Image: Professor Omar Yaghi in his office. Photo College of Chemistry.
Imagine a technology that could remove planet-warming emissions from smokestacks, turn moisture in the air into drinking water and transform carbon dioxide into clean energy.
A new UC Berkeley institute will bring together top machine learning and chemistry researchers to make this vision a reality, and a Bay Area foundation is providing a substantial gift to launch and enable this work at UC Berkeley over the next five years.
The Bakar Institute of Digital Materials for the Planet (BIDMaP) aims to develop cost-efficient, easily deployable versions of two classes of ultra porous materials – known as metal-organic frameworks (MOFs) and covalent organic frameworks (COFs) – to help limit and address the impacts of climate change.
“Hydrogen, carbon dioxide and water are some of the smallest molecules in chemistry,” said Omar M. Yaghi, the James and Neeltje Tretter Chair Professor of Chemistry who invented MOFs and COFs and the scientific leader of the new institute. “If we can find a way to capture them efficiently, in large quantities, then we will unlock the answers to the greatest problems facing our planet.”
The new institute’s work to help limit the planet’s warming and adapt to climate impacts is urgent. Climate change is making extreme weather more severe, leaving communities around the world in harm’s way. Just this month, California experienced an extended heat wave with record temperatures, the year’s largest wildfire and heavy rain and mudslides, all amidst a years-long drought.
BIDMaP is the latest cutting-edge research initiative developed as part of the Division of Computing, Data Science, and Society (CDSS). Like the Computational Precision Health program launched last year, it will capitalize on Berkeley’s first-rate faculty and new faculty hires to create a novel field and interdisciplinary solutions that help solve society's most intractable problems.
Using MOFs and COFs to help reverse climate change
Illustration of a MOF structure. (Courtesy Yaghi research group.)
A MOF is a crystalline structure that – through strong bonds between metals and organic linkers – contains a large surface area, folded and compacted into tiny spaces. Each of the more than 100,000 frameworks in existence can attract, filter, store or release specific molecules like carbon dioxide and water, operating in different environments and with high precision. COFs are yet another class of ultra porous crystals made entirely from strongly bonded organic molecules with no metals; their versatility offers another frontier in applications for electronics and sensors. MOFs and COFs are outcomes of reticular chemistry, a field started by Yaghi and now being practiced by scientists in more than 100 countries.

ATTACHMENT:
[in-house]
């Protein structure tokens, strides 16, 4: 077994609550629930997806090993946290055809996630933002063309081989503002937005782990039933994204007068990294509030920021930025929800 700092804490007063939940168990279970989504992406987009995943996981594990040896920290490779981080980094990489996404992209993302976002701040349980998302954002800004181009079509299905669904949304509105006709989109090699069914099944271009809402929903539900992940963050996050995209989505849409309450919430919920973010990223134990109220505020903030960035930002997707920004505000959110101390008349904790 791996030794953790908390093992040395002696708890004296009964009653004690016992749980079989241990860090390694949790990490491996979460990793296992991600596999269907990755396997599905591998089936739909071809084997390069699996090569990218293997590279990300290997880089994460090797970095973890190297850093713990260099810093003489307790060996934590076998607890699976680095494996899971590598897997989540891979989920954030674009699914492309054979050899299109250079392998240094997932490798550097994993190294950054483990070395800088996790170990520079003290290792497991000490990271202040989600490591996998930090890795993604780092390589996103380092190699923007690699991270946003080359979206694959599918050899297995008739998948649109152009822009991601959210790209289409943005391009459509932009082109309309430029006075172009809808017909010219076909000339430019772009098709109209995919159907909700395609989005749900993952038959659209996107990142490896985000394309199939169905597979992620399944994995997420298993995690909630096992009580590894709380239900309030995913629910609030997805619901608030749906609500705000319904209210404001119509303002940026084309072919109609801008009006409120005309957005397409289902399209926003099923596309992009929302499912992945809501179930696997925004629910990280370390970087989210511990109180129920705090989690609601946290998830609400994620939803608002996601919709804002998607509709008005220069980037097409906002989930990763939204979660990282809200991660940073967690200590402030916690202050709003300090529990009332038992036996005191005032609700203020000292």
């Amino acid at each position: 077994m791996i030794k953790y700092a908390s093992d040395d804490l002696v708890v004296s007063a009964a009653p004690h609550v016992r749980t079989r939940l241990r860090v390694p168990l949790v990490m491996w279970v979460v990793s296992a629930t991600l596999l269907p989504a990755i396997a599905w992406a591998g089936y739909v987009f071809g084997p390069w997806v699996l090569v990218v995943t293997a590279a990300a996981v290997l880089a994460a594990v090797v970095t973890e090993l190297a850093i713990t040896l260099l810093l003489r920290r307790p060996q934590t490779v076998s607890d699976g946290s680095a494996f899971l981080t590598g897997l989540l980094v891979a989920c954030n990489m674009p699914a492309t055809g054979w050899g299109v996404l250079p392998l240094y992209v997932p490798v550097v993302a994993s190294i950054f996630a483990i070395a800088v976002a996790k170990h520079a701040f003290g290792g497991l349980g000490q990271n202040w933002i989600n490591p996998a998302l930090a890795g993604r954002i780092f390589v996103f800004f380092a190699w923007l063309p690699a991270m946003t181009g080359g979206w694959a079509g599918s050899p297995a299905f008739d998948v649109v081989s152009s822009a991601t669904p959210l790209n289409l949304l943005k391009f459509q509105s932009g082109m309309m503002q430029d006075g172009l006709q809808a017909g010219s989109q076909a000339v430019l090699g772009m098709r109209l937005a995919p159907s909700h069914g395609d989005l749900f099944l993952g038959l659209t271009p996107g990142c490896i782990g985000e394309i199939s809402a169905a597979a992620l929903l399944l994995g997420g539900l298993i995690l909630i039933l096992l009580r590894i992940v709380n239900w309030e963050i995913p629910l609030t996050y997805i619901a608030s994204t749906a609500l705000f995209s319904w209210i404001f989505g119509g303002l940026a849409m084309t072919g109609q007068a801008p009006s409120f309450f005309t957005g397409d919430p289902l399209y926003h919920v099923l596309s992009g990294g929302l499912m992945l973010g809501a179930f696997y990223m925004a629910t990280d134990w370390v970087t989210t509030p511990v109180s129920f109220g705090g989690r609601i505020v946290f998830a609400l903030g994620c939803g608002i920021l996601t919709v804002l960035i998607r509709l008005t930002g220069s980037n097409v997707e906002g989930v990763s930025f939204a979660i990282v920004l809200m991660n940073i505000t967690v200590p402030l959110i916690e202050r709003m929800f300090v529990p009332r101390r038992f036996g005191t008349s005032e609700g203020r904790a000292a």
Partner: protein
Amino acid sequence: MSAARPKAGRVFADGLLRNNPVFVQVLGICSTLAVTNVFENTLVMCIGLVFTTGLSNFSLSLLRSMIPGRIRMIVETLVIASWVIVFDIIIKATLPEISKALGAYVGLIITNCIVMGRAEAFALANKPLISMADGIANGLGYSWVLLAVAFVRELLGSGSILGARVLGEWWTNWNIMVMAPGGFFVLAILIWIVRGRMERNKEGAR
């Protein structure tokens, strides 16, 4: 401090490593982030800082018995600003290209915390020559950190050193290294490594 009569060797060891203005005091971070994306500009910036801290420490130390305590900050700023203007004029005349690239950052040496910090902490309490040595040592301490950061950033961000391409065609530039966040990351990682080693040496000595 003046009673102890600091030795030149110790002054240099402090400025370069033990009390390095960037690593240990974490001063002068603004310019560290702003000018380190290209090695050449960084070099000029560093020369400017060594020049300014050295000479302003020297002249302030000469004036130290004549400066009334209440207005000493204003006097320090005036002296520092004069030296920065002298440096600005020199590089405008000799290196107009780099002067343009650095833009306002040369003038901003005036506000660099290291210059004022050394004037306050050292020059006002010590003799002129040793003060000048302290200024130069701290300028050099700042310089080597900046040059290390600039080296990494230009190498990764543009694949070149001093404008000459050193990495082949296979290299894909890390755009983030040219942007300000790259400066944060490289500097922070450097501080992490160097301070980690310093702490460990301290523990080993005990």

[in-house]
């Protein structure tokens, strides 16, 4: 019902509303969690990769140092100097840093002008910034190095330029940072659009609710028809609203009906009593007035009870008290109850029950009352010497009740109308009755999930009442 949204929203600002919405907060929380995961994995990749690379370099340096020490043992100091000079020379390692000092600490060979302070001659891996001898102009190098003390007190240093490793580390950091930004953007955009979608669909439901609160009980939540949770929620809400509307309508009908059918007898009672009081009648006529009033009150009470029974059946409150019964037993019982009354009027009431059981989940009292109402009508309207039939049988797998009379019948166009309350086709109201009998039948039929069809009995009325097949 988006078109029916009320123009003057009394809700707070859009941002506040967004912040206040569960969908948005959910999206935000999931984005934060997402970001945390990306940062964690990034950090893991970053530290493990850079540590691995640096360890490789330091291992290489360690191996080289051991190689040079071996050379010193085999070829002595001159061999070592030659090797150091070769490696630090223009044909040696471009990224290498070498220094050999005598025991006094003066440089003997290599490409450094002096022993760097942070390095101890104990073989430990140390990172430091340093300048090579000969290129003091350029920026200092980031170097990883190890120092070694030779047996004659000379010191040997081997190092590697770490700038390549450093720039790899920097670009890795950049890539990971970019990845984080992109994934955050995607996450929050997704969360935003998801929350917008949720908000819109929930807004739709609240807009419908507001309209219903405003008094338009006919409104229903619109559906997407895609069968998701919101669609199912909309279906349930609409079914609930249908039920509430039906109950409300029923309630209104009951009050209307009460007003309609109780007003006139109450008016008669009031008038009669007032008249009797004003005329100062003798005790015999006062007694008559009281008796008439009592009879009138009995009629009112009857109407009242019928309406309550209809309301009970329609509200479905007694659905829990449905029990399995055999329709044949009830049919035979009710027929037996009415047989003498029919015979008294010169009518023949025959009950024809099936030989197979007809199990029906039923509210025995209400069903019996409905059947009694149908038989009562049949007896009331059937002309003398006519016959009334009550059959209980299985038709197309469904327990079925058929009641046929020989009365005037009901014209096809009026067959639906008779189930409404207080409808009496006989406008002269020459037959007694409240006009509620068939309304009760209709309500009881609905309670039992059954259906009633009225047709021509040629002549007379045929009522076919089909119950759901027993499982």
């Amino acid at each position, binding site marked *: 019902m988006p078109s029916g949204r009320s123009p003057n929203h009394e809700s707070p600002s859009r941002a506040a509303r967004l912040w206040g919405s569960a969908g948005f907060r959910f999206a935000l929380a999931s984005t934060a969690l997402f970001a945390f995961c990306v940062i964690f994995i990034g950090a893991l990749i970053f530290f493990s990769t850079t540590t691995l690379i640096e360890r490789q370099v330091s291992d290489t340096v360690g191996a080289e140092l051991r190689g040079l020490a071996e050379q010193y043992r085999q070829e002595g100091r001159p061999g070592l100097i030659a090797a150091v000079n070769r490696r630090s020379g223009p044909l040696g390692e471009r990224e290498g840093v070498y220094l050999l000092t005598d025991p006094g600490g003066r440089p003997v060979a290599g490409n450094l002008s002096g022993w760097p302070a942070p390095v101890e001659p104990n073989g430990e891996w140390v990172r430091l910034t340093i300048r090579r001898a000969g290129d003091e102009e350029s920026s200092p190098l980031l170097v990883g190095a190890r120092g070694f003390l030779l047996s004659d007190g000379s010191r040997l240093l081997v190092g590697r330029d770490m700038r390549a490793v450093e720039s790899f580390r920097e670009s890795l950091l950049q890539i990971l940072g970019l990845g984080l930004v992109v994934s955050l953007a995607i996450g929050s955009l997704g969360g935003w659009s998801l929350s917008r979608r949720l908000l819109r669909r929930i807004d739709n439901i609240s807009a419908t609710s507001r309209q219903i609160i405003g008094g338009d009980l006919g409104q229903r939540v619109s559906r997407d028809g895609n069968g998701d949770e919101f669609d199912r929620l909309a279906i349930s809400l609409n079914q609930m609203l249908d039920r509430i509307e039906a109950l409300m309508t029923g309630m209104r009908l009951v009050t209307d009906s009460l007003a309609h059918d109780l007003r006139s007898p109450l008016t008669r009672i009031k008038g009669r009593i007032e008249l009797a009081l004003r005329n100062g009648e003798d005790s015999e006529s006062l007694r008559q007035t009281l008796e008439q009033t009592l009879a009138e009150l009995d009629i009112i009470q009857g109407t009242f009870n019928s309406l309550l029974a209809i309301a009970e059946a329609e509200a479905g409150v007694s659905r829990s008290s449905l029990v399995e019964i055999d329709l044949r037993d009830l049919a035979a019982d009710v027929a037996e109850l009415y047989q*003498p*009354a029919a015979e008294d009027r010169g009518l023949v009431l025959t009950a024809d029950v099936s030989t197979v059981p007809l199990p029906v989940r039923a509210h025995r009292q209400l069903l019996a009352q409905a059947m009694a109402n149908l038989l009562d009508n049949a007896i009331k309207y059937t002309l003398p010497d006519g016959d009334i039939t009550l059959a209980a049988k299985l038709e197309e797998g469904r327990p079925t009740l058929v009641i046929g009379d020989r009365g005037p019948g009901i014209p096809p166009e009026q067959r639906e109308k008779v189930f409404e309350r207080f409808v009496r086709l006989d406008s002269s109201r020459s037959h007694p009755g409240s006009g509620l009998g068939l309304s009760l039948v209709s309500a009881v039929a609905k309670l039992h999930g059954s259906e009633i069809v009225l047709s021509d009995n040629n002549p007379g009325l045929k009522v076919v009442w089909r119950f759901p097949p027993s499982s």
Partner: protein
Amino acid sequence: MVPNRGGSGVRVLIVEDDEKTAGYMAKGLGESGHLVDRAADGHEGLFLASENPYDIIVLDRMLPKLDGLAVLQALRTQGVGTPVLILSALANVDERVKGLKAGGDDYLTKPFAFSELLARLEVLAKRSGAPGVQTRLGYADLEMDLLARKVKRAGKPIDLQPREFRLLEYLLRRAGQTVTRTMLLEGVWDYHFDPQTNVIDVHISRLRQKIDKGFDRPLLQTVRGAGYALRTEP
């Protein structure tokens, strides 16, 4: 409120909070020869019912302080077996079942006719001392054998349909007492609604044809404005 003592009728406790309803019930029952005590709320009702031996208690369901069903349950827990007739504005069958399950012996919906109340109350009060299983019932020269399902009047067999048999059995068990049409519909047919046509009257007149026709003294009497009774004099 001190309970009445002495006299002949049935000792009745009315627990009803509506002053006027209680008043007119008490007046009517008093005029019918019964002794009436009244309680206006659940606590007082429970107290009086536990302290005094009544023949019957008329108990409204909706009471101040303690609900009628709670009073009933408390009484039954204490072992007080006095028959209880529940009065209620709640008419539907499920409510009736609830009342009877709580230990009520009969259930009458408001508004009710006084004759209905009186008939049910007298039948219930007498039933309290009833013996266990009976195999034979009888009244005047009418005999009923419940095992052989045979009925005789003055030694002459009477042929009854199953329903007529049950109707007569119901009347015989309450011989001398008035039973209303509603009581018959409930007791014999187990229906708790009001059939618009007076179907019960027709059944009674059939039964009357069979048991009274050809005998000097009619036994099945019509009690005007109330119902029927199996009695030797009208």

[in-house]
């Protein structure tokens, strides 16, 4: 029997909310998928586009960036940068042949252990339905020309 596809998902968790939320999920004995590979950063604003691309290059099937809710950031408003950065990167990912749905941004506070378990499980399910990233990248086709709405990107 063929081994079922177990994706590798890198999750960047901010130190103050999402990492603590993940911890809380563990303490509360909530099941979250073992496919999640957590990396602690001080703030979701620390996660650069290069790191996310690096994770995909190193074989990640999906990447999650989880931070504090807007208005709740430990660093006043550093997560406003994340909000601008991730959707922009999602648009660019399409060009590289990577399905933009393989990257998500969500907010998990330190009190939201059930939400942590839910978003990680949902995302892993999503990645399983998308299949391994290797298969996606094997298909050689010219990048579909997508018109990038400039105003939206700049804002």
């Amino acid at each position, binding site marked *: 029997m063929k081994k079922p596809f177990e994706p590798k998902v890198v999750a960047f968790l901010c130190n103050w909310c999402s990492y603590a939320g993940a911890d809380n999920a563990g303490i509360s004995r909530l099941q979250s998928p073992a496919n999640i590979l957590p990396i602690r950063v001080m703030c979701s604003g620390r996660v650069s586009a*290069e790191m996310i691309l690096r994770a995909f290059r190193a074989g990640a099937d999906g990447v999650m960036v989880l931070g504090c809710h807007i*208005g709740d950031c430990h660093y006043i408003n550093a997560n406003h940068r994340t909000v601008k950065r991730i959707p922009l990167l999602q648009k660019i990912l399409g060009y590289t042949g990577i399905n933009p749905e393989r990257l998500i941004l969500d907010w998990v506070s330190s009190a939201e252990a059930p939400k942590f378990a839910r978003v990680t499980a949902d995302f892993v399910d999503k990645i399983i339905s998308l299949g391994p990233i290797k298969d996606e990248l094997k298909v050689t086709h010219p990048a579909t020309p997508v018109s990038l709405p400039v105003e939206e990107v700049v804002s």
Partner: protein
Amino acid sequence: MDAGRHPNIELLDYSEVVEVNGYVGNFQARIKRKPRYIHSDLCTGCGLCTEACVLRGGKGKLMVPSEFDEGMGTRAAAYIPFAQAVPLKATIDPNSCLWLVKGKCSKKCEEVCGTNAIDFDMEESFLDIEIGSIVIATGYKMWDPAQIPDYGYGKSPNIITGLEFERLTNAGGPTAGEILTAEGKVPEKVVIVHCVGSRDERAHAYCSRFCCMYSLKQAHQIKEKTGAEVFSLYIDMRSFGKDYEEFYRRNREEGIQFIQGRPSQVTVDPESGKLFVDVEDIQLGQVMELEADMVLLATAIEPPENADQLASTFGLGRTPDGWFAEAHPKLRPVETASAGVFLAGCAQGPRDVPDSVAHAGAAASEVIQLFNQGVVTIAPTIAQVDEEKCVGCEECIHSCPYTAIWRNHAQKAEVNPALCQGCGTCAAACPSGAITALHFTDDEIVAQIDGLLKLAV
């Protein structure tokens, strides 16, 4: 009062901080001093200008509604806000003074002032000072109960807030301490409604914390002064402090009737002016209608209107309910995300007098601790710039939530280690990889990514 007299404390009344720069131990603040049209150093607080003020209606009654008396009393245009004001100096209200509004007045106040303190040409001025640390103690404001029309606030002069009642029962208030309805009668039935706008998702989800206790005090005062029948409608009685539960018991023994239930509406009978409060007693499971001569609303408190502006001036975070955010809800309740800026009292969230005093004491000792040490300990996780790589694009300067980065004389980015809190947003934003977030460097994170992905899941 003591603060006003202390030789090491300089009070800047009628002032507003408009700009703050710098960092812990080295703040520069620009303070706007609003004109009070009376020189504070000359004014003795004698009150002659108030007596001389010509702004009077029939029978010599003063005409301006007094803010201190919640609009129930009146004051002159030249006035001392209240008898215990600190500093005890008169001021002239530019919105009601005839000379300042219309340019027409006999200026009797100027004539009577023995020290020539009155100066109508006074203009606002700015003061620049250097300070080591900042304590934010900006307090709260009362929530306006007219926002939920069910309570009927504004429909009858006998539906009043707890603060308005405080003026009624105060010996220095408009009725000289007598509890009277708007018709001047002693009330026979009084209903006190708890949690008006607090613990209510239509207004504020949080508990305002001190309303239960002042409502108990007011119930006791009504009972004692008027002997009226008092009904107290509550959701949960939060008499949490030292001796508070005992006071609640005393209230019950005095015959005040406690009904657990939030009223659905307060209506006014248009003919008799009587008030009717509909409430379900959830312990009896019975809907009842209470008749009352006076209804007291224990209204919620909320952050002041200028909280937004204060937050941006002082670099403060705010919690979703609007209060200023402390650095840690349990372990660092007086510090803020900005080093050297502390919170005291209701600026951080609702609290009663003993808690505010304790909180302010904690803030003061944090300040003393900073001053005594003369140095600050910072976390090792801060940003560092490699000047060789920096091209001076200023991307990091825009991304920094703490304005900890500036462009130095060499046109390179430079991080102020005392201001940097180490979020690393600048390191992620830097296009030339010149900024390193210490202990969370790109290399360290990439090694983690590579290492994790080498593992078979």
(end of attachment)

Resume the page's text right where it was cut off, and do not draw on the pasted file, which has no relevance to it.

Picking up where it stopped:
The structures can hold vast amounts of molecules in tiny spaces. A canister with a carbon dioxide-capturing MOF can hold 18 times more of the molecule than one without it. A single gram of a MOF has enough surface area to cover a football field. These crystalline structures can be incorporated into materials and machines that can increase access to clean energy and water and help limit the warming of the planet by removing greenhouse gases.
One of the institute's goal will be to develop a new field of machine learning for experimental science, creating algorithms and designing platforms to optimize discovery, development and the deployment of technology. BIDMaP aims to help scientists find more correct answers faster and provide a roadmap for incorporating artificial intelligence (AI) into other fields like physics.
Jennifer Chayes is the associate provost of CDSS and dean of the School of Information at Berkeley. (Photo/ Berkeley Computing, Data Science, and Society)
“This is what we need to accelerate discovery at a rate that will save us from the worst effects of climate change,” said Jennifer Chayes, associate provost for CDSS and dean of the School of Information at Berkeley. “BIDMAP will bring together the founder of an important new field in chemistry and the best artificial intelligence and machine learning group in the world to imagine and create a better future.”
Benefiting from excellence across campus
In addition to Yaghi and Chayes, the institute will benefit from the participation of top-of-their-field Berkeley experts. That includes Fernando Pérez, an associate professor in the Department of Statistics known for building scalable, open-source platforms, and Christian Borgs, Joseph Gonzalez and Jennifer Listgarten, faculty in the Department of Electrical Engineering and Computer Sciences and the world’s leading AI and machine learning group, the Berkeley Artificial Intelligence Research Lab.
Notable faculty in BIDMaP also include Berkeley vice chancellor of research Katherine Yelick; College of Chemistry’s Felix Fischer, Peidong Yang and Aditi Krishnapriyan; Department of Materials Science and Engineering’s Kristin Persson; and Goldman School of Public Policy’s Solomon Hsiang.
The institute will include four new interdisciplinary faculty members, graduate and post-graduate students, visiting scholars, software developers and an executive director. It will host programs, workshops and seminars on data science, machine learning and chemistry for students and faculty on campus and elsewhere, and serve as the global hub for research and education in this emerging field. BIDMaP also intends to incubate, scale and commercialize metal-organic framework technologies for widespread use in tackling climate change.